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The Negro, black as ebony, may yet be fair within;
"More or less what I used to do for you. I heard you were back, but I thought you were ill or something. How absolutely marvellous! But where are you talking from?"
`Of course not,' Bond said impatiently. `Don't be idiotic. But we must know what these men are doing. What's it all about? Did you know they were going to be on the train?' He tried to read some clue in her expression. He could only see a great relief. And what else? A look of calculation? Or reserve? Yes, she was hiding something. But what?
I was troubled by no doubt of her being very pretty, in any case; but it fell out that I had never seen her look so well. She was not in the drawing-room when I presented Agnes to her little aunts, but was shyly keeping out of the way. I knew where to look for her, now; and sure enough I found her stopping her ears again, behind the same dull old door.
`You are pleased to joke, Comrade,' said General G. to underline this out-of-place comment. `This is a serious matter. I for one admit my fault in not remembering the name of this notorious agent. Comrade Colonel Nikitin will no doubt refresh our memories further, but I recall that this Bond has at lease twice frustrated the operations of SMERSH. That is,' he added, `before I assumed control of the department. There was this affair in France, at that Casino town. The man Le Chiffre. An excellent leader of the Party in France. He foolishly got into some money troubles. But he would have got out of them if this Bond had not interfered. I recall that the Department had to act quickly and liquidate the Frenchman. The executioner should have dealt with the Englishman at the same time, but he did not. Then there was this Negro of ours in Harlem. A great man-one of the greatest foreign agents we have ever employed, and with a vast network behind him. There was some business about a treasure in the Caribbean. I forget the details. This Englishman was sent out by the Secret Service and smashed the whole organization and killed our man. It was a great reverse. Once again my predecessor should have proceeded ruthlessly against this English spy.'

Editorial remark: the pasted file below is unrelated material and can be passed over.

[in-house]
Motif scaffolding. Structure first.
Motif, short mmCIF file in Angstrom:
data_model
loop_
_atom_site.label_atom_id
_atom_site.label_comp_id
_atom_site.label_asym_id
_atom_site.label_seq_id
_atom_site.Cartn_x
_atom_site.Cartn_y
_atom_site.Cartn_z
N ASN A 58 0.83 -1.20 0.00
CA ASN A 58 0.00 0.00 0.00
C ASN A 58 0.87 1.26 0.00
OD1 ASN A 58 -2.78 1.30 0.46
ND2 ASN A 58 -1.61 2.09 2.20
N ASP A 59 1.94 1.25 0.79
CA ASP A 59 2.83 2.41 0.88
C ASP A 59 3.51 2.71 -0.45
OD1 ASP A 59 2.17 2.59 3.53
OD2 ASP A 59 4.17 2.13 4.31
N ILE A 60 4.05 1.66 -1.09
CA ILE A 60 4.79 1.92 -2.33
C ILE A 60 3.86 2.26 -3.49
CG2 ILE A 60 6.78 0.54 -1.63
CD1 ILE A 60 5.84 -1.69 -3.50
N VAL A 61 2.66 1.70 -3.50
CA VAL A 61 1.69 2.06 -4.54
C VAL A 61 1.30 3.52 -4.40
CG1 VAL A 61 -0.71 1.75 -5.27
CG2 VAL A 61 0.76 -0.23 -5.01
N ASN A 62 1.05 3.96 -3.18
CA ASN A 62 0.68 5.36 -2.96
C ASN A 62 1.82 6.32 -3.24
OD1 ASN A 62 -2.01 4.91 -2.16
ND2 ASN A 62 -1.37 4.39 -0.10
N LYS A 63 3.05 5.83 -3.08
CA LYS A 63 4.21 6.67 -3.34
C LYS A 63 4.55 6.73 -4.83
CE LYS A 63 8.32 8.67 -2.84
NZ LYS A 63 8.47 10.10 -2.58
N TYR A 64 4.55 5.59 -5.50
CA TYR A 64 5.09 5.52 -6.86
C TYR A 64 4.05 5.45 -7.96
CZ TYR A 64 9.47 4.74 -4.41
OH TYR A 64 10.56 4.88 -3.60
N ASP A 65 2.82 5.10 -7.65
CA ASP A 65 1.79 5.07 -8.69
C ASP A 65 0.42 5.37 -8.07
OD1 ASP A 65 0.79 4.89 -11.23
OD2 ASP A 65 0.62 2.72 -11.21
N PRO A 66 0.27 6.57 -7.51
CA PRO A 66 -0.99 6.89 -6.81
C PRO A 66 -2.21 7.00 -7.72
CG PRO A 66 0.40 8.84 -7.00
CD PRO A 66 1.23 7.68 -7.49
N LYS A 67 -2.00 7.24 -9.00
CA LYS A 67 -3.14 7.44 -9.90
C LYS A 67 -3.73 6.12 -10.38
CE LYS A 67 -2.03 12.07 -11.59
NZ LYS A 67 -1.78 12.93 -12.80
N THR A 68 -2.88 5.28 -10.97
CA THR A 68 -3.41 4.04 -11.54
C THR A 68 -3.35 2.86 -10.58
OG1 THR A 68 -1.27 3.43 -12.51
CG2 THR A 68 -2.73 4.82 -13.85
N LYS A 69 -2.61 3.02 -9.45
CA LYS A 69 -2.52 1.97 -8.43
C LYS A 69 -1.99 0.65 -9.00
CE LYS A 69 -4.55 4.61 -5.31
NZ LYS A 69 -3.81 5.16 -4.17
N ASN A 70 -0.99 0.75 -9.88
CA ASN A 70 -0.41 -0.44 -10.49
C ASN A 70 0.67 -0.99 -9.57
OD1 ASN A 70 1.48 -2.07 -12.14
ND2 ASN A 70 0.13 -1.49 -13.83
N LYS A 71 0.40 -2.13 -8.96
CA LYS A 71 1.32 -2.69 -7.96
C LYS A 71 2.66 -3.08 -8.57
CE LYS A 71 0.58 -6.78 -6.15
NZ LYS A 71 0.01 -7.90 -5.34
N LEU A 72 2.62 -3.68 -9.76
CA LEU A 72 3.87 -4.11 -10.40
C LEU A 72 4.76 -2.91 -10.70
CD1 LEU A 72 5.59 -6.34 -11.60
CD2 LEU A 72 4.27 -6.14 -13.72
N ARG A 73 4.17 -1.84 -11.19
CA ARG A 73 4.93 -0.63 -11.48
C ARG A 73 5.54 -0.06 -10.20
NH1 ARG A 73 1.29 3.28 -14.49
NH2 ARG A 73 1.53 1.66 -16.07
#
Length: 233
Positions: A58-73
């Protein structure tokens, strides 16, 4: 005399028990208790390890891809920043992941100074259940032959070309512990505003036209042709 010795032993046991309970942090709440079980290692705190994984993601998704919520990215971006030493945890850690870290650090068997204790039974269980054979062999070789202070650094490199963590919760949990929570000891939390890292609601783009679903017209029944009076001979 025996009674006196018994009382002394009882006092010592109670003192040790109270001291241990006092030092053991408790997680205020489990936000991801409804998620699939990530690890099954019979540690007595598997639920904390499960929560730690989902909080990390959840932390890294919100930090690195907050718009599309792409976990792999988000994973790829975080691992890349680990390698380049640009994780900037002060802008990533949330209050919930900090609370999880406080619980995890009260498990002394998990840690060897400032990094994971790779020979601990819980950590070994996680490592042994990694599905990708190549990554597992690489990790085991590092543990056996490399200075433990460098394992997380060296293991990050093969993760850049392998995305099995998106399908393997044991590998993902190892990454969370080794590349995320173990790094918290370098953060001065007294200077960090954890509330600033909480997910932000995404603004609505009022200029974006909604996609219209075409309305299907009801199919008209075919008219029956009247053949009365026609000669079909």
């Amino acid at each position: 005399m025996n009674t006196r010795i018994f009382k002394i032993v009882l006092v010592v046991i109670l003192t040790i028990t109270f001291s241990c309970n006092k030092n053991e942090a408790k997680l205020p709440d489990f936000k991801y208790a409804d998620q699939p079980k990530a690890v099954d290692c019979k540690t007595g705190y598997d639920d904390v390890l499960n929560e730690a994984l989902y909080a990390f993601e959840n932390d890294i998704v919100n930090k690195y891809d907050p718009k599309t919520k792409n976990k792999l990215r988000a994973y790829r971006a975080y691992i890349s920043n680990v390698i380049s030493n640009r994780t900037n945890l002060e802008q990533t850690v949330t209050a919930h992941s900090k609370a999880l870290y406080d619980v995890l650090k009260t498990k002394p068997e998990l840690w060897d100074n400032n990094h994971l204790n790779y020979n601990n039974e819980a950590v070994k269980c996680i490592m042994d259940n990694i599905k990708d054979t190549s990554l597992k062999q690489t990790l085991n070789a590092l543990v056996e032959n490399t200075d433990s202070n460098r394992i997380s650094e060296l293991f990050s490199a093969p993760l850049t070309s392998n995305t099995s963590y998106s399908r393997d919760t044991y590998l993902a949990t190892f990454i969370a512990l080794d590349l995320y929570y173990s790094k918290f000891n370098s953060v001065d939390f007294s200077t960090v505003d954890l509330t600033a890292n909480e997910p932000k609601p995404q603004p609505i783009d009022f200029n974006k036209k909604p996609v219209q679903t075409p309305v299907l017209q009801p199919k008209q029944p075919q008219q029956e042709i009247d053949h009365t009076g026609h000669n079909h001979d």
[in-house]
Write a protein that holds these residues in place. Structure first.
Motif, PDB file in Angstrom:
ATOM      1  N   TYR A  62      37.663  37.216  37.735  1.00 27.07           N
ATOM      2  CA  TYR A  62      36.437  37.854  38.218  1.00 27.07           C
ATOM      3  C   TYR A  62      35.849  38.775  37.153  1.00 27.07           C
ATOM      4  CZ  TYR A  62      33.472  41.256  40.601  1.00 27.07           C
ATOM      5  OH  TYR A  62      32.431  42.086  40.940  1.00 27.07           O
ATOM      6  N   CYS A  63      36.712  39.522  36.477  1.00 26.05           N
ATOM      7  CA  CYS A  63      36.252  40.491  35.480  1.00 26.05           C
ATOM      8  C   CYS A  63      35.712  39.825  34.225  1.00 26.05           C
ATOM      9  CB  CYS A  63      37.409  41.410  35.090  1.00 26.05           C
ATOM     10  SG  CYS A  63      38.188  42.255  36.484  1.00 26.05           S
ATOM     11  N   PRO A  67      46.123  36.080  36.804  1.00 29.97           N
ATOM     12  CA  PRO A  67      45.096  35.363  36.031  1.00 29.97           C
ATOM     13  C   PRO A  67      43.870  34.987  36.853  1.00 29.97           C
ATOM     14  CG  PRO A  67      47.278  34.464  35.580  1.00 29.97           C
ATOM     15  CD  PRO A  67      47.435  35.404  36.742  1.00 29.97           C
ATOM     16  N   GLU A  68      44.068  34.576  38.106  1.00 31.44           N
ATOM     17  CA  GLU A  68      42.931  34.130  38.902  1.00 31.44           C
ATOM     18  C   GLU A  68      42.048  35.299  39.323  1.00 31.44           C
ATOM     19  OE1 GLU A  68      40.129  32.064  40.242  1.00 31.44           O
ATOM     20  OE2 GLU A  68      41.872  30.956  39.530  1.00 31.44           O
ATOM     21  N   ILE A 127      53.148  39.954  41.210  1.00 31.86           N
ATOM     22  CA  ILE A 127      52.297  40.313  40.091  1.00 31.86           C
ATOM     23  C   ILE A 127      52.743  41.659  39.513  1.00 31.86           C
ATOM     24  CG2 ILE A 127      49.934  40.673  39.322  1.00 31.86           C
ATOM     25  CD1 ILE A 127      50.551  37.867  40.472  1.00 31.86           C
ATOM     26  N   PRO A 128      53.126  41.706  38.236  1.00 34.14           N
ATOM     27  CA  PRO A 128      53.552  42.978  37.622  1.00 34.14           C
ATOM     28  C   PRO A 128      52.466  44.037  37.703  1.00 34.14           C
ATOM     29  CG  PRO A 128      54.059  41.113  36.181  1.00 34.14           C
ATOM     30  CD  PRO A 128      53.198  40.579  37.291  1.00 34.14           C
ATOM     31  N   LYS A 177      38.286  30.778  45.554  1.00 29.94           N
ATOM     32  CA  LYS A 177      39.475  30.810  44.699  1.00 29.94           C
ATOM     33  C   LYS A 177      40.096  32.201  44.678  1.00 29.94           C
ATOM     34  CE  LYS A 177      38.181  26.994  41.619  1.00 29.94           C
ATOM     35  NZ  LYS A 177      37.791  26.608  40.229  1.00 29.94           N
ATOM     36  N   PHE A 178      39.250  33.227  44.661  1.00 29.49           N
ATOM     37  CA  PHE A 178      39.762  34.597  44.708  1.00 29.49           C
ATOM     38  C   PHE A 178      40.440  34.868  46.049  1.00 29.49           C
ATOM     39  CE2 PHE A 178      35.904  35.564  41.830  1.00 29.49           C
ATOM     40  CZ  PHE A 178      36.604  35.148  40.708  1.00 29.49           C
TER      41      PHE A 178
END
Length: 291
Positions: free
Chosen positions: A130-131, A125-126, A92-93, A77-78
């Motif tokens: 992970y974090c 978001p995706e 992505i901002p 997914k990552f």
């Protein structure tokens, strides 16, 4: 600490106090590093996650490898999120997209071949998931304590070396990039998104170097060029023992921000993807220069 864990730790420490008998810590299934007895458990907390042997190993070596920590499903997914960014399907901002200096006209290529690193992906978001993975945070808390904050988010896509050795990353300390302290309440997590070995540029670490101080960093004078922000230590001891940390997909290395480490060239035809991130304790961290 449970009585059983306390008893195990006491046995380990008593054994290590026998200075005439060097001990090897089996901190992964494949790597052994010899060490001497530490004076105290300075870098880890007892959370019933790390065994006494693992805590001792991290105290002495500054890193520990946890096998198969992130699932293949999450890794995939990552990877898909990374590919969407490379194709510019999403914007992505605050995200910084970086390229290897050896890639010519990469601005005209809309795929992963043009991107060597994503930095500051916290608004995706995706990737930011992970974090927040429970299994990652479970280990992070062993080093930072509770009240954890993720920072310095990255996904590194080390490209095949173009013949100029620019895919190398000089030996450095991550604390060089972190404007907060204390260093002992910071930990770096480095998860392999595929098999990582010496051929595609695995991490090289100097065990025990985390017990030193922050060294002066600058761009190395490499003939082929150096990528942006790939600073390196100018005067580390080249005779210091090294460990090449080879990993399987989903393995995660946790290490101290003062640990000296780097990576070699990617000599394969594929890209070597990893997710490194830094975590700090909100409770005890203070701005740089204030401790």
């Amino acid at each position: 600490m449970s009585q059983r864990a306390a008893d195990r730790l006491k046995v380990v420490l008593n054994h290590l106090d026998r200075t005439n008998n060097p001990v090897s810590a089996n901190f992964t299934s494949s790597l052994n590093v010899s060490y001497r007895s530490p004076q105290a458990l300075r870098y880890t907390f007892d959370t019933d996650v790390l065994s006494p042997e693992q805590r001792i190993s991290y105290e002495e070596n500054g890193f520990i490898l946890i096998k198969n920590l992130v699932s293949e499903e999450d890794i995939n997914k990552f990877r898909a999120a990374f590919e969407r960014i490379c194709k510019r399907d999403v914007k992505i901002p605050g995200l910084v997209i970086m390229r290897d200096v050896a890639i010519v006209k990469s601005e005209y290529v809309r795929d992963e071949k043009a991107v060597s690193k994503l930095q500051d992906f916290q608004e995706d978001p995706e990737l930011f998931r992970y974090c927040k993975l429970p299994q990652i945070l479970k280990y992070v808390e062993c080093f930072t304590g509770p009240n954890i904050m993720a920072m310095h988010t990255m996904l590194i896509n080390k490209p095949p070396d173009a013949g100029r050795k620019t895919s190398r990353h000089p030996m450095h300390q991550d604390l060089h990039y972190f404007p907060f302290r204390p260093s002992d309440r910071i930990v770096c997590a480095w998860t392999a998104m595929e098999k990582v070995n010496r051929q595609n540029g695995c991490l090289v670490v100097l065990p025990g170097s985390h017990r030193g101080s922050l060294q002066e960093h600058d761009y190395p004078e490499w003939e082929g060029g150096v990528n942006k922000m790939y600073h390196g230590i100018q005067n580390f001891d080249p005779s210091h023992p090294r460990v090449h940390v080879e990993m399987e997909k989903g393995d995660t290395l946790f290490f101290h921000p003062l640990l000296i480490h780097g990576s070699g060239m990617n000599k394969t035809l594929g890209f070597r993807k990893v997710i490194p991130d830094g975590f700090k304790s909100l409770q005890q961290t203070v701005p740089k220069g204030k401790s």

For the Graphic, in 1873, I wrote a little story about Australia. Christmas at the antipodes is of course midsummer, and I was not loth to describe the troubles to which my own son had been subjected, by the mingled accidents of heat and bad neighbours, on his station in the bush. So I wrote Harry Heathcote of Gangoil, and was well through my labour on that occasion. I only wish I may have no worse success in that which now hangs over my head.